To train our staff, we developed an extensive six-year plan. This plan included sending five teachers to systems manager training where they learned to assist in managing the local area network. We included training on integrating into the curriculum software published by Jostens, IBM, Microsoft, Tom Snyder, The Learning Company, Sunburst, and a multitude of others. In addition, all teachers are receiving training in DOS and in each of the software packages we selected for the education of the students (at present, more than 500 software titles), increasing their ability to utilize the system to its fullest extent.
We have altered our training plan several times to accommodate the rapidity with which our staff has advanced through the prescribed course. By fall 1993, after only two years, the staff had completed approximately half of our originally scheduled training program. Most teachers have taken or are taking computer courses on their own, and several have presented at regional and national education conferences on the uses of computers in education. Four staff members recently presented the Linkway and VCR Companion projects their students had completed at a conference in St. Louis, where they were surprised to find that other projects done by middle and high school students were less advanced than those done by our students. Other than nonteaching personnel who work full-time in computer operations, our staff members are among the most computer-knowledgeable people in the district.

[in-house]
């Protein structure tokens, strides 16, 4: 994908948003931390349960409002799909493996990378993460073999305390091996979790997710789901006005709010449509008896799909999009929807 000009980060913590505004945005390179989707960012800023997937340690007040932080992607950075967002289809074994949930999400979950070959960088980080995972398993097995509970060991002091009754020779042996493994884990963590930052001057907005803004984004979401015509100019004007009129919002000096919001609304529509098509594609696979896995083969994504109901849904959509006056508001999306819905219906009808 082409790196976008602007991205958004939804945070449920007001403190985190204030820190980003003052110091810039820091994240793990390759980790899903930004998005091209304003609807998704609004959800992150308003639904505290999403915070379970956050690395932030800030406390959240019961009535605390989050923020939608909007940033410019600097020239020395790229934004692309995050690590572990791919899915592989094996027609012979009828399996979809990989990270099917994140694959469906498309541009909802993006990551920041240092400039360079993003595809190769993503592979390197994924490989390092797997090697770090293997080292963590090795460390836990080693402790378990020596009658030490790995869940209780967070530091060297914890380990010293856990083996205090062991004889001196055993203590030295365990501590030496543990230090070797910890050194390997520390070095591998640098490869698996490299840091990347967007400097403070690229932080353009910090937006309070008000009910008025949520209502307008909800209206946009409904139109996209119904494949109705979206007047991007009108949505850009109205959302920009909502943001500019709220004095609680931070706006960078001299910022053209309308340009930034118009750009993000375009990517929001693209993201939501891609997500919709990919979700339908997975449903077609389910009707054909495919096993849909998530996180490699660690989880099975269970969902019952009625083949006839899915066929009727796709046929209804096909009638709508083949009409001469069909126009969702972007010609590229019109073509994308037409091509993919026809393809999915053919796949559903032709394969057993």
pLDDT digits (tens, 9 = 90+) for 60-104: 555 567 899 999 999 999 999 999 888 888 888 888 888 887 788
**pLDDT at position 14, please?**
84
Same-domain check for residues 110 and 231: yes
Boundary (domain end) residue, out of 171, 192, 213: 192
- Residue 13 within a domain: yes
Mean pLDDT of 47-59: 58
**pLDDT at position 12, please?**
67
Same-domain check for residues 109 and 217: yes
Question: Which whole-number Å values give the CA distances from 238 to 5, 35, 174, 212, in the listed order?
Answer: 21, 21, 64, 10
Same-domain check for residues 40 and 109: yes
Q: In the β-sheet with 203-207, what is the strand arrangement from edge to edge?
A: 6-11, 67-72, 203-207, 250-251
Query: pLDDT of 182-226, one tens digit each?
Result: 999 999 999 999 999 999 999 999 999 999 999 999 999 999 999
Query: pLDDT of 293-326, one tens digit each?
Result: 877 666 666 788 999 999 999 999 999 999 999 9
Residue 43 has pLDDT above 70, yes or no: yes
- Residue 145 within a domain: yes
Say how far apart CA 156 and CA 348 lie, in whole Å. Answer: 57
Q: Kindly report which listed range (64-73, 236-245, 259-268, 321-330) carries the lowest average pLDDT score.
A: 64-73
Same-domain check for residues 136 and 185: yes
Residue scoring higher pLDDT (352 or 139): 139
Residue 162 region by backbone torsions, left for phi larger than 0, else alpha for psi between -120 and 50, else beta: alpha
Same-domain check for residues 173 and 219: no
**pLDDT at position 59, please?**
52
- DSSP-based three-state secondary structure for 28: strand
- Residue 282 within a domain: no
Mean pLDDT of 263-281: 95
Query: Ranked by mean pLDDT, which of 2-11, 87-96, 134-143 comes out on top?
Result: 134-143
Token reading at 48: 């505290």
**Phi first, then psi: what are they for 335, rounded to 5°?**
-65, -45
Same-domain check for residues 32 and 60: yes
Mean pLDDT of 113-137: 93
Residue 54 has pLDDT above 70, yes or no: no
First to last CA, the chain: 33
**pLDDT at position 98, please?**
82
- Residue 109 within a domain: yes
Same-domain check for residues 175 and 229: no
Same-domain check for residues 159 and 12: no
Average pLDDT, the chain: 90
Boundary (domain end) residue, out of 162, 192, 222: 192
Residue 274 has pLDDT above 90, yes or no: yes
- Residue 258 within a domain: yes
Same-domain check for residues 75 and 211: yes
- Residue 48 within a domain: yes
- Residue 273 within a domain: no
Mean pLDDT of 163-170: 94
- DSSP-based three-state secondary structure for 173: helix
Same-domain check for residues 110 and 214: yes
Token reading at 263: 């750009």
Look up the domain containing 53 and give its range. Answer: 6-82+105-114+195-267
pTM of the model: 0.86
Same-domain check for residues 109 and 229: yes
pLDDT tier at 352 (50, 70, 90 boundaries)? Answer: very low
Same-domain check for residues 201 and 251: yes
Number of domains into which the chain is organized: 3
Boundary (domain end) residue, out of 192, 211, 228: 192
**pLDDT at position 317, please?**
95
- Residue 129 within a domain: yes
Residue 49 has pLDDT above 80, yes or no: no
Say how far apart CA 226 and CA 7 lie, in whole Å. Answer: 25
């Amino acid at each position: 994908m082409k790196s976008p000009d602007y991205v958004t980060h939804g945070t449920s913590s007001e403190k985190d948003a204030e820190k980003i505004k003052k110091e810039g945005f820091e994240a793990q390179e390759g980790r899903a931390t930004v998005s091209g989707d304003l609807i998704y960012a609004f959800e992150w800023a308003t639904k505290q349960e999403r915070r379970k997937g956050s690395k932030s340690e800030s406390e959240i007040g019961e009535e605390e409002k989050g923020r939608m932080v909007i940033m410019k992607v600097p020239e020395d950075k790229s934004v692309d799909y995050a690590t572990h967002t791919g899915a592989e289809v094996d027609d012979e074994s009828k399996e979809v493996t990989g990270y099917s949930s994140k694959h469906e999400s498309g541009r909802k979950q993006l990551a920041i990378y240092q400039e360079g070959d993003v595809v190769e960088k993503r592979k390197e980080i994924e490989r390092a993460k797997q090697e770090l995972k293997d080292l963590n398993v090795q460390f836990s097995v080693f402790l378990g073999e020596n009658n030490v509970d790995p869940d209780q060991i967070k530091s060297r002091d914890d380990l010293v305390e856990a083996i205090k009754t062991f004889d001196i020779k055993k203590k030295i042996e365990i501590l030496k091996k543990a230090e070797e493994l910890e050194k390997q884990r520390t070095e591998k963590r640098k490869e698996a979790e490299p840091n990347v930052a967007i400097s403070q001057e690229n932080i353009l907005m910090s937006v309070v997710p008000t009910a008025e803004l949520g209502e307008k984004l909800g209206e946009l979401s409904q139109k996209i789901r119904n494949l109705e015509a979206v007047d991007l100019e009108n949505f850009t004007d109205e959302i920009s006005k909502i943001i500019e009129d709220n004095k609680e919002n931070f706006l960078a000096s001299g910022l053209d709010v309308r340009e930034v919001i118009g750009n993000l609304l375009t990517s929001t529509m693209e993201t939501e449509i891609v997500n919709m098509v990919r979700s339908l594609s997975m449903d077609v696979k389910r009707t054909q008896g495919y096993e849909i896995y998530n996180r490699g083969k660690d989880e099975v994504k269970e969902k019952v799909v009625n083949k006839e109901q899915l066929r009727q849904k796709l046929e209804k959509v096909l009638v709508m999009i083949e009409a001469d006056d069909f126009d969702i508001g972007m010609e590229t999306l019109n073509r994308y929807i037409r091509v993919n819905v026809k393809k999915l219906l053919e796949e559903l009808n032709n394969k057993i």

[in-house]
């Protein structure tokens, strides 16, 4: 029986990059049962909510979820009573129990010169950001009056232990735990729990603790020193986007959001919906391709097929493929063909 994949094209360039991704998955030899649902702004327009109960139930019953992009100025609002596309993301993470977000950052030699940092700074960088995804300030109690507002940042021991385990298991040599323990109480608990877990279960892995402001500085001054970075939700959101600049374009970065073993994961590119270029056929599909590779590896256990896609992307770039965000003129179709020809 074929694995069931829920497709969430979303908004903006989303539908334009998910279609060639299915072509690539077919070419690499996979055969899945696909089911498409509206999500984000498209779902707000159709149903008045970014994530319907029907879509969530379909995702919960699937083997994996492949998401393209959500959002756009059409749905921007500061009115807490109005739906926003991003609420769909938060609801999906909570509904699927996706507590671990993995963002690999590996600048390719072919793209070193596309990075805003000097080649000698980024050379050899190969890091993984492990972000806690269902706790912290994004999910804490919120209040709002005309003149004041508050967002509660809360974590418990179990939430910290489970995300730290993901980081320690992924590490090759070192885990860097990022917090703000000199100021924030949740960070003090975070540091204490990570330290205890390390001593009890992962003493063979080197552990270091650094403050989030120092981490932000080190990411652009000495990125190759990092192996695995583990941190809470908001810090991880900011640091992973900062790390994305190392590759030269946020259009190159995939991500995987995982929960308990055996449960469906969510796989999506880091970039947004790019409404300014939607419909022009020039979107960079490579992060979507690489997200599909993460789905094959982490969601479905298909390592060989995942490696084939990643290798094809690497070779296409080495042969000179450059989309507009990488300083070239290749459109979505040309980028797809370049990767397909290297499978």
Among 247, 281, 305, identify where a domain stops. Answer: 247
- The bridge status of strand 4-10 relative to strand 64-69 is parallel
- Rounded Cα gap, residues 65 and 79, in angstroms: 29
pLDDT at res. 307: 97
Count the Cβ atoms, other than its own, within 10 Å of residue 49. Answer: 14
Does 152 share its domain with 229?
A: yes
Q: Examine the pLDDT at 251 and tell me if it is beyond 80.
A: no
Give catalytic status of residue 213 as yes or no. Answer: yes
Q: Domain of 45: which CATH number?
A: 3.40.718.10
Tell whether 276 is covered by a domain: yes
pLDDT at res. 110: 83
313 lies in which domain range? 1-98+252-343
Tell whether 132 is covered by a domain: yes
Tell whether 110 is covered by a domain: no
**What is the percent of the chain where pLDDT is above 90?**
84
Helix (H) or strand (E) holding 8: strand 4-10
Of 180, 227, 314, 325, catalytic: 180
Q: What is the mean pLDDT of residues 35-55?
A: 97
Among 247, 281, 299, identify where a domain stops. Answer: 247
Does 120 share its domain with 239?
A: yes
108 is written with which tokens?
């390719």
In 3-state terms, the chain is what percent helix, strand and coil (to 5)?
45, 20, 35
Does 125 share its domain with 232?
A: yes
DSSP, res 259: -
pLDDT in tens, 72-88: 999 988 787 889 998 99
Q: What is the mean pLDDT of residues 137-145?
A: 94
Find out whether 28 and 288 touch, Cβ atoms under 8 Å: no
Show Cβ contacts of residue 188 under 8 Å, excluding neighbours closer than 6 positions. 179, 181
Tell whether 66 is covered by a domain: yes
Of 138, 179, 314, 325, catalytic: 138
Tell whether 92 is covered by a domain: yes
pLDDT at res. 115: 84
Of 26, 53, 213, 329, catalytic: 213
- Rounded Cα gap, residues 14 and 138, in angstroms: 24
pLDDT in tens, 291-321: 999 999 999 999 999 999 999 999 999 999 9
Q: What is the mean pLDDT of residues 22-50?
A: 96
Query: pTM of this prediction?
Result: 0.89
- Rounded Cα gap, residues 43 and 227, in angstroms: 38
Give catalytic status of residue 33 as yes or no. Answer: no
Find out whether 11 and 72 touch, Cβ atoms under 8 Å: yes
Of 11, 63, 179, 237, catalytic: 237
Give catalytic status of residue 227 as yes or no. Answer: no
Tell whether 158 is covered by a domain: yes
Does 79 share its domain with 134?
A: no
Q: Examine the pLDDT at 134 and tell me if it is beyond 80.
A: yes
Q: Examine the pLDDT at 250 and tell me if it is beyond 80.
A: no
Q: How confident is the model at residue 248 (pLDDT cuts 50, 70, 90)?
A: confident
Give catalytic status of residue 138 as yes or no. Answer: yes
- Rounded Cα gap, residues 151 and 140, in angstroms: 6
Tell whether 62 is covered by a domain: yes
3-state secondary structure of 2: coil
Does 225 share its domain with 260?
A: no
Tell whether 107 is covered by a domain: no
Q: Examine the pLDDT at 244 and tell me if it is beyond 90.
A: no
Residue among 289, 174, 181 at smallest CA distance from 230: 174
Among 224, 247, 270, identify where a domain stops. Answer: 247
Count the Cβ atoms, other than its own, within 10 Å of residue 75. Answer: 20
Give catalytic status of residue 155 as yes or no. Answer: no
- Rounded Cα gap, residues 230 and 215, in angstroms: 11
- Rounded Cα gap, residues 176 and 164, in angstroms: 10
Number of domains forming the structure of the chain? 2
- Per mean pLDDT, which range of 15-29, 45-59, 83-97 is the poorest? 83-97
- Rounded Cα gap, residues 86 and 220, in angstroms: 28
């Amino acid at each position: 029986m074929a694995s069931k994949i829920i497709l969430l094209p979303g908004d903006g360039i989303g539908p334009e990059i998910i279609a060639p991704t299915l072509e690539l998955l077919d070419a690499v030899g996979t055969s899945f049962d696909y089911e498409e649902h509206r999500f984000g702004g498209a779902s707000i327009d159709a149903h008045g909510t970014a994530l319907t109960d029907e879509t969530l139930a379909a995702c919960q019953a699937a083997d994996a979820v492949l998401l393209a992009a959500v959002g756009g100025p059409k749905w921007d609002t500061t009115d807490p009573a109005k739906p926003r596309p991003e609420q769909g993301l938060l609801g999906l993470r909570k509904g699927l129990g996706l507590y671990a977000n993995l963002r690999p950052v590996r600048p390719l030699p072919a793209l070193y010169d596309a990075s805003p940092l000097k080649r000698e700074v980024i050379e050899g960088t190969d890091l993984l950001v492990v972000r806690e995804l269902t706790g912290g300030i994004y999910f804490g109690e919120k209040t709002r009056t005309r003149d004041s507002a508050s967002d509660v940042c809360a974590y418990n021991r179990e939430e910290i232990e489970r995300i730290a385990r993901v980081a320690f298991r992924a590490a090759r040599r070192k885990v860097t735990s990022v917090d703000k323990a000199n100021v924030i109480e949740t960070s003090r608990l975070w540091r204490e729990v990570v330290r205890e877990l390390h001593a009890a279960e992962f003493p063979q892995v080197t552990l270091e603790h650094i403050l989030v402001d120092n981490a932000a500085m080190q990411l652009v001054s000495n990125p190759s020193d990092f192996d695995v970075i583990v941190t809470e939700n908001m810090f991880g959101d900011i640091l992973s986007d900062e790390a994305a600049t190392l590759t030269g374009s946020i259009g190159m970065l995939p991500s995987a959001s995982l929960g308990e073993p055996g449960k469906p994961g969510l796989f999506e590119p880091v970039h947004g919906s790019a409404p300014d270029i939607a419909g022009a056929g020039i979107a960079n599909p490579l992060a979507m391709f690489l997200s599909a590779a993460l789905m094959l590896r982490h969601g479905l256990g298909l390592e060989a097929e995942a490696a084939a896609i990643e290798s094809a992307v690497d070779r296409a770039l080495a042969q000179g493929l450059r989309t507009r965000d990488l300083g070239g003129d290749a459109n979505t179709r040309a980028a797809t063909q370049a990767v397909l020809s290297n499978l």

The Unfolding Promise

There is some concern that we are “teaching the students too much.” We have been asked (unofficially, of course) by one middle school not to teach some of our programming courses because it is not prepared for our students. We have already taught our 5th graders programming that this school teaches in 6th and 7th grades. The knowledge level discrepancy between Banneker students and others entering the middle school also presents a dilemma.